How you looked was all-important. Outrageous outfits were combined with sneakers to create the iconic look. The hip hop movement had deep associations with sneakers from the very beginning. However, the one hip-hop band forever associated with a love for adidas sneakers is Run DMC. Run DMC had a long lasting effect on youth culture and made corporate brands more aware of the huge youth market for trainers. Run DMC were famous for wearing adidas Superstar or shell toe trainers and many followed their lead. This pair are from 1992.
This single boot was found hidden in the attic of a cottage in Tonge, Kent. It is an example of what is known as a concealed shoe. These are shoes or boots that have been deliberately hidden in buildings to help ward off evil spirits that might want to harm the house and its occupants.
There are a lot of theories as to why people concealed shoes, but as yet there isn’t a definitive answer as the practice is shrouded in mystery.
Concealed shoes are usually worn out and there is often only one shoe. Many of them are children’s shoes.
So why were shoes hidden? Shoes have a special significance. A shoe is the only item of clothing which takes on the shape of the person wearing it. It is container shaped and it is thought people believed that it held something of the wearer’s essence even when it was not being worn, so that the good spirits contained in the shoe would ward off evil spirits.
We occasionally accept concealed shoes as a donation, though most people who find them put them back ‘just in case!’
We do keep a concealed shoe index at the museum. At the moment the index stands at approximately 1,900 entries from all over the UK and also records concealed shoe finds in North America, Canada and a number of countries in Europe including France, Spain and Poland. We would be very happy to hear about any concealed finds. Please contact email@example.com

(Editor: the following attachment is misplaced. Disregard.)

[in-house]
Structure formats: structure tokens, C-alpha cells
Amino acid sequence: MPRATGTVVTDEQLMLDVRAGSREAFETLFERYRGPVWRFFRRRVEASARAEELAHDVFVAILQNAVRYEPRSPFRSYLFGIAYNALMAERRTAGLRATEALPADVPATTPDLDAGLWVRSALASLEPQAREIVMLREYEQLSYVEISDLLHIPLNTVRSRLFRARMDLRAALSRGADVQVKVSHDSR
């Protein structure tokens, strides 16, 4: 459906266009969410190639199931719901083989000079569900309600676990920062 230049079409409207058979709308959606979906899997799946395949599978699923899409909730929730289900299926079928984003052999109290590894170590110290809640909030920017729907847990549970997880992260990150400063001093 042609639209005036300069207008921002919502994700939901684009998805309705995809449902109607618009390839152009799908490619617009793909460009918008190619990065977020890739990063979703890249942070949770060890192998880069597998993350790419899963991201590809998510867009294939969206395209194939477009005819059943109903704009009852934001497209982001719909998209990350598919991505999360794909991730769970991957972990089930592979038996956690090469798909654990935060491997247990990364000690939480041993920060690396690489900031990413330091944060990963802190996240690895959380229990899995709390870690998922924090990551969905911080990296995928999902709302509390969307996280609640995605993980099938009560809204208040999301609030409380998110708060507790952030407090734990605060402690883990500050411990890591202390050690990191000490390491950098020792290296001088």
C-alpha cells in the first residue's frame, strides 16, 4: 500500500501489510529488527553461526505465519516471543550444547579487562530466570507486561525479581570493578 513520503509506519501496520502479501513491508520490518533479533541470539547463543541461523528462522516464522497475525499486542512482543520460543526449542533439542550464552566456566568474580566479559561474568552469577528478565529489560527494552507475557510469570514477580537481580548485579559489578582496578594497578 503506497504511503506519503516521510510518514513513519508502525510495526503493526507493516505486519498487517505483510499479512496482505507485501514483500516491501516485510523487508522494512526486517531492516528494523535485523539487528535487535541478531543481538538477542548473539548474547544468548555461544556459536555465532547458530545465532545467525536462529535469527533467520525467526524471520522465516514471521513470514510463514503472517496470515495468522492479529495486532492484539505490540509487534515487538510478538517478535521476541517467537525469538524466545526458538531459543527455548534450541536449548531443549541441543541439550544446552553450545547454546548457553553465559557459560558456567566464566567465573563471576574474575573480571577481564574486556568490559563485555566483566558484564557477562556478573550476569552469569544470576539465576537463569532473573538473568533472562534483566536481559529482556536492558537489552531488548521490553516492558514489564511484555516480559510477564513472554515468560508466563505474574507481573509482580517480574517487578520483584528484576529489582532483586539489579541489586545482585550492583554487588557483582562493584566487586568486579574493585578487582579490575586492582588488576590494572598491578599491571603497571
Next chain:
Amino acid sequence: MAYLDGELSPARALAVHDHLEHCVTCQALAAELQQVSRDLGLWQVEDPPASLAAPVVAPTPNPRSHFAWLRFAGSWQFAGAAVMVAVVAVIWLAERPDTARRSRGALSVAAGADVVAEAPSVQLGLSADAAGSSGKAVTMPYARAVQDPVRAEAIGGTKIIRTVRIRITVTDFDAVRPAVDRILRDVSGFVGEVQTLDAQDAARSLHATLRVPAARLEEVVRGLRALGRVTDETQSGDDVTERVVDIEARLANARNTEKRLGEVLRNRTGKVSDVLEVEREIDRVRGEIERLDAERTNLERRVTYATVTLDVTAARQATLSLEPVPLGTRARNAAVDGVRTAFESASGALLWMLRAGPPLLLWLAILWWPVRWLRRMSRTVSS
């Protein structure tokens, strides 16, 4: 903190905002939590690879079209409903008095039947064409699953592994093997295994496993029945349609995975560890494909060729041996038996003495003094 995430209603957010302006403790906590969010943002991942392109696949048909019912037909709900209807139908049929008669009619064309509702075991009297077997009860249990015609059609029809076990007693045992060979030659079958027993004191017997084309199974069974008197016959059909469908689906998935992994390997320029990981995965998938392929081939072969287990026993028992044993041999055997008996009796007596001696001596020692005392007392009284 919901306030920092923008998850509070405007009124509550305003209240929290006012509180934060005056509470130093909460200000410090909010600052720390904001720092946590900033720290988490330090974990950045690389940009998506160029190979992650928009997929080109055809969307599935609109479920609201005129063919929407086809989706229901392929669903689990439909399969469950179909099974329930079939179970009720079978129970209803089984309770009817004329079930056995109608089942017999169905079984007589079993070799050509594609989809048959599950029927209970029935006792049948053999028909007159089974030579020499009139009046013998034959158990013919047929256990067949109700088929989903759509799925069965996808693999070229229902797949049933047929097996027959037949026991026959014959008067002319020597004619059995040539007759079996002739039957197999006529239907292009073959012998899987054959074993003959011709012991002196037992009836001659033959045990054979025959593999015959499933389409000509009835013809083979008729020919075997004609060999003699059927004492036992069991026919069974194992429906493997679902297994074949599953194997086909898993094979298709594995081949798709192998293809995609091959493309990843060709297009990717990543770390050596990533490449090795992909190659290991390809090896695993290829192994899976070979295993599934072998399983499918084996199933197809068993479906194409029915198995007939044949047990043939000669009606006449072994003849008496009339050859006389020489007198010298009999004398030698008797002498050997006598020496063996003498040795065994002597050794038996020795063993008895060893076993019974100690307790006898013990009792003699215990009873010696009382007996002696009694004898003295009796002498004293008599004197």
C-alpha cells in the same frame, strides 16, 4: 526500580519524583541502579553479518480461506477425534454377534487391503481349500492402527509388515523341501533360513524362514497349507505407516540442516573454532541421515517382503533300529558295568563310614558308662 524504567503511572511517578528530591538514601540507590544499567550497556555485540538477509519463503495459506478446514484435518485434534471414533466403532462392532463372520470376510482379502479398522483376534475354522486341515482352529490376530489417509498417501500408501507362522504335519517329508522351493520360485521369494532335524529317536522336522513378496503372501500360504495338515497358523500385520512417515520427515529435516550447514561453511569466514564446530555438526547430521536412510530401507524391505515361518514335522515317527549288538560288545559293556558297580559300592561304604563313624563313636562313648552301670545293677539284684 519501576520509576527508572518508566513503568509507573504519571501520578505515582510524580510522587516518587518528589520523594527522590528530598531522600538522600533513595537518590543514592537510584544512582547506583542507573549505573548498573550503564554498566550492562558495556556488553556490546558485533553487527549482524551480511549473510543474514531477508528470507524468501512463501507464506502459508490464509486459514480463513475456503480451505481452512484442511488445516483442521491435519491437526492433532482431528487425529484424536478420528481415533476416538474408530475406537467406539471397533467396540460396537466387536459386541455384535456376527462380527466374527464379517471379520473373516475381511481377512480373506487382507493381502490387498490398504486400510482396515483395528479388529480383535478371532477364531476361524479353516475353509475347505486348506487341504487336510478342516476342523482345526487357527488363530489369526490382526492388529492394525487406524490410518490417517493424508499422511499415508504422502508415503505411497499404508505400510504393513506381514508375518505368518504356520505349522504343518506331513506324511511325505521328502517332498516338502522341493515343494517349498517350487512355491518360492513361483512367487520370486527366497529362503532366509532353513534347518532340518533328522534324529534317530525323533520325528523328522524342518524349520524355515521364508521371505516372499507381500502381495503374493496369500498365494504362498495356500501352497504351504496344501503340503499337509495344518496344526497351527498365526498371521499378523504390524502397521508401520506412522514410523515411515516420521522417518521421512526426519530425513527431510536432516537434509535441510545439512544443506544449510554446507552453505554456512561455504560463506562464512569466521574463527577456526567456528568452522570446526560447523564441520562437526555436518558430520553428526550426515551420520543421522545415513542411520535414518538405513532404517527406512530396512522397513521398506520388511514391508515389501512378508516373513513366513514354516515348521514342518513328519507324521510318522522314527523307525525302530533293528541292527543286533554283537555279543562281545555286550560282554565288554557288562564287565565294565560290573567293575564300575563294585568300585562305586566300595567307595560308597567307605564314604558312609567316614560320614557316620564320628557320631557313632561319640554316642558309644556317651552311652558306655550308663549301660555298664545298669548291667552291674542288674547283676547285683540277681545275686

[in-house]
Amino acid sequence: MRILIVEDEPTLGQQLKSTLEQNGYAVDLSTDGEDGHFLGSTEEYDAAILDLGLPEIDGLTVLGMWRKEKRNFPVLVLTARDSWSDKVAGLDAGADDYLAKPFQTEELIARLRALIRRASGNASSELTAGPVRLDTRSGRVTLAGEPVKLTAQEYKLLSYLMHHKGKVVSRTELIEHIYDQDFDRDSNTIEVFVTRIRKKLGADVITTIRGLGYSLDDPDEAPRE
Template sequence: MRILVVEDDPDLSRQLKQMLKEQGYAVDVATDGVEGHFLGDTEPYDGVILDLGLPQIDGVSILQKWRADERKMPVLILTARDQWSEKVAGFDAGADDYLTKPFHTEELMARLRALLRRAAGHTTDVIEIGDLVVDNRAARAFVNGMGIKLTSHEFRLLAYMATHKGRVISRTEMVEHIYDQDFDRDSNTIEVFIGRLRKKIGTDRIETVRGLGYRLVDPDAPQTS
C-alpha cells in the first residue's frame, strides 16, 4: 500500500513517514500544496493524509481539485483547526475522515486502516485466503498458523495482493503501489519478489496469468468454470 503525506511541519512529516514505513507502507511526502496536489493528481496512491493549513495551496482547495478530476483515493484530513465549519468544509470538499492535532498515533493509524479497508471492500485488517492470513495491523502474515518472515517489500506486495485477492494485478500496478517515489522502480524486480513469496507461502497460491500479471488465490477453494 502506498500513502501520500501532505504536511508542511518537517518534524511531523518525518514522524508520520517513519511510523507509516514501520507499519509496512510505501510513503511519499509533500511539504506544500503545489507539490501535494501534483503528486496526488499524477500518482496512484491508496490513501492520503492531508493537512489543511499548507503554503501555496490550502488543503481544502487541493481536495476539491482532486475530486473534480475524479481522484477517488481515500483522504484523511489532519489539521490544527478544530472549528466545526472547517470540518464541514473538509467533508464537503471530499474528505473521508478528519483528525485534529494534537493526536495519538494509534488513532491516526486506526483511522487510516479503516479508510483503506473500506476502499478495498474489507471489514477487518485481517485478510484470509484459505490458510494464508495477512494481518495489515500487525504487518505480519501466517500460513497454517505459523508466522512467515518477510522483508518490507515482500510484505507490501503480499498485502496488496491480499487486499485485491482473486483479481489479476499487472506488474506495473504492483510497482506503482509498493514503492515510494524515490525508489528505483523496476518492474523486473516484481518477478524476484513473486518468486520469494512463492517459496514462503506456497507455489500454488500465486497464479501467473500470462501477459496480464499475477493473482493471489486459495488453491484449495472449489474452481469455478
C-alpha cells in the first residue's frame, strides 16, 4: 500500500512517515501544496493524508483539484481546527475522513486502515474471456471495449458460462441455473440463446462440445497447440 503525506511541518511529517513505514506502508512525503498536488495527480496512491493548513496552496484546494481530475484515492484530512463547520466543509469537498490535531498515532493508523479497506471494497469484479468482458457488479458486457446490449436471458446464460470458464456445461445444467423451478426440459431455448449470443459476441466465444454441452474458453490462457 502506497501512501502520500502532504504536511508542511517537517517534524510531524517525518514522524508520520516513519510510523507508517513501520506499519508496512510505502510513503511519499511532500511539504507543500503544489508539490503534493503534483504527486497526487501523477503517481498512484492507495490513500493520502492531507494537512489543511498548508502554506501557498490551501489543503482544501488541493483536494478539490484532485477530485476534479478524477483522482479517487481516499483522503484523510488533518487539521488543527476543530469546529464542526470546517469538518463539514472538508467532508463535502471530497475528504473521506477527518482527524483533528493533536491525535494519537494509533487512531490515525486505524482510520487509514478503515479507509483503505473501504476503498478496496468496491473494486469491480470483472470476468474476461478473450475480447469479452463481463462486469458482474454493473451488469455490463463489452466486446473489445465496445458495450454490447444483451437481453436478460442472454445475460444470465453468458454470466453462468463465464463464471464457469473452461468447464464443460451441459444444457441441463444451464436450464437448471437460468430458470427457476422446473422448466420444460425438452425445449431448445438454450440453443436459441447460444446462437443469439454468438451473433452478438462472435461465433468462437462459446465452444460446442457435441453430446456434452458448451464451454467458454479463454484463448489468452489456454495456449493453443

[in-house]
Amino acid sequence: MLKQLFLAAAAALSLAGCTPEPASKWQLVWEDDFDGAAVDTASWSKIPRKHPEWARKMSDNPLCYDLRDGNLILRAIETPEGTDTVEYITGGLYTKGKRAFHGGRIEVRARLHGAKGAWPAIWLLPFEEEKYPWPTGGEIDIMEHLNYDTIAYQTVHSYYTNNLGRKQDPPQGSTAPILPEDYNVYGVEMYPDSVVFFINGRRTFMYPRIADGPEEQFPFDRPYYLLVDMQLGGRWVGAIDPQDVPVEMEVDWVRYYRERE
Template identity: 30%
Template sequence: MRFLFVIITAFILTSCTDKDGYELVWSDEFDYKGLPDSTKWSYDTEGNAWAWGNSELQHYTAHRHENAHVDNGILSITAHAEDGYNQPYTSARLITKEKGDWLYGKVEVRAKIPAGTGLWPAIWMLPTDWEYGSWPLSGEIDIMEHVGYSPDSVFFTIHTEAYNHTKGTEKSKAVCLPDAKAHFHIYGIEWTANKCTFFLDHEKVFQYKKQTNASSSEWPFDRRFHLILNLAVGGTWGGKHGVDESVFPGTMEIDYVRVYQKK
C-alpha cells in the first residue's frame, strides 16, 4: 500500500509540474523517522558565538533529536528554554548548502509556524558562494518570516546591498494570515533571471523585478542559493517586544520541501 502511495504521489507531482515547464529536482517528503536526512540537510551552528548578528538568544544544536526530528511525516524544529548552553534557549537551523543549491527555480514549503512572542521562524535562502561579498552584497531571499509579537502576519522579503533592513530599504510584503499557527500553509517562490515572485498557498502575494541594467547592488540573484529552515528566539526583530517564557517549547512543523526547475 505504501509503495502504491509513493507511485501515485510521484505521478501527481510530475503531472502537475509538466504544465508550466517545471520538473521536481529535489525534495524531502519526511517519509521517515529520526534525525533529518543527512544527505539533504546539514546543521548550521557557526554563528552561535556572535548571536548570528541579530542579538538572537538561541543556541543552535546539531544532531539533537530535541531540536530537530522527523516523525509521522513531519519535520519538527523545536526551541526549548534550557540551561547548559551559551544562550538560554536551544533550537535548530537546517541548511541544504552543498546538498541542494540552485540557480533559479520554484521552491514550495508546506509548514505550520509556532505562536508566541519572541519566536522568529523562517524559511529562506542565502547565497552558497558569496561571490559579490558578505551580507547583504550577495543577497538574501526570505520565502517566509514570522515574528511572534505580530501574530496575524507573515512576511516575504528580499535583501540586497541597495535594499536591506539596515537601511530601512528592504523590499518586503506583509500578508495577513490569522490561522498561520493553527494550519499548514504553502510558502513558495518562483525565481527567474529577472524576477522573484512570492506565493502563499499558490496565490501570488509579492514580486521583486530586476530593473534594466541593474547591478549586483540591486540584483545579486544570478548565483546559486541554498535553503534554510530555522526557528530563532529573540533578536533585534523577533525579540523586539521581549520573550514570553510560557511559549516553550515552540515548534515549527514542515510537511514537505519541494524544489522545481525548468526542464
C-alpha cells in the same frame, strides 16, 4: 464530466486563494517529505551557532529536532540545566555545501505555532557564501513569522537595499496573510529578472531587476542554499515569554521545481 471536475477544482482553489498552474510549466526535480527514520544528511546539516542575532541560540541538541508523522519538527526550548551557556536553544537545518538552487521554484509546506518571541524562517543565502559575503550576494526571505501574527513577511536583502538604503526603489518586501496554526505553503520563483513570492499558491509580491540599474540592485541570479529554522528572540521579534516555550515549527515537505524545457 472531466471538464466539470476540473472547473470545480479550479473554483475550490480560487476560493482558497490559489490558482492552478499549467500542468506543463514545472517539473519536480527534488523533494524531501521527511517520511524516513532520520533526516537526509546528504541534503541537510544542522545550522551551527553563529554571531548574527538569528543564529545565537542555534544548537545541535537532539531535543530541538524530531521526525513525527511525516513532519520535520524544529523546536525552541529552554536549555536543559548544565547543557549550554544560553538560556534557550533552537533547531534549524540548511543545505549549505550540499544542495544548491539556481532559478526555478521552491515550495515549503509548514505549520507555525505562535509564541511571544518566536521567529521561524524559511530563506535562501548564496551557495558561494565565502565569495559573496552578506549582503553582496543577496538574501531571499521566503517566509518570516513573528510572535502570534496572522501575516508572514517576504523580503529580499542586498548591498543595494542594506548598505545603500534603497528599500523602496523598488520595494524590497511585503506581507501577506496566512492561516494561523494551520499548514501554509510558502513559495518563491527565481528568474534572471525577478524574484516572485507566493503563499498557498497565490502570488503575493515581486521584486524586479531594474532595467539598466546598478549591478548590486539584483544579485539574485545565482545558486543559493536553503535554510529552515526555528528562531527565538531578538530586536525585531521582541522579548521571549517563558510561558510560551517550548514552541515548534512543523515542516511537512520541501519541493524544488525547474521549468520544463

This amazing mule was designed and made by Helena Pygott, while she was a student on the Footwear Design and Manufacture course, De-Montfort University, Leicester during 1998 – 2002.
Helena Pygott Mule
This turquoise, grained leather mule has a sculpted silver painted wooden sole and heel with a leather horn sticking out of the vamp. Three square panels of hologram decorate each side of the upper.
The Shoe Collection is always happy to support students and future shoe designers and is delighted to be the home for some of their designs.
The life of your shoes does not always begin when you start wearing them, nor does it end when you take them off.
Recycling is the process by which used materials are creatively evolved into new products to prevent waste. For many years footwear across the world has been innovatively produced from recycled goods.
Many exciting new designers and shoe companies are exploring the benefits of ethical and recycled fashion.
These shoes made from recycled rubber tyres and fabric are a wonderful addition to our contemporary footwear collection, which we are always trying to continually update and expand.
soleRebels, is a contemporary Ethiopian firm selling recycled footwear worldwide. They currently employ 45 full-time staff who produce up to 500 pairs of shoes a day for a worldwide clientele.
soleRebels continue an age old tradition of collecting and sorting used tyres, which are hand cut ensuring a perfectly fitted sole that is long lasting and very comfortable.
“We took this wonderful indigenous age-old recycling tradition and fused it with fantastic Ethiopian artisan crafts and excellent modern design sensibilities and turned it into footwear that has universal flavour and appeal that is now a market beating export brand being enjoyed by people around the globe!”
Bethlehem Tilahun Alemu
Co-founder and Managing Director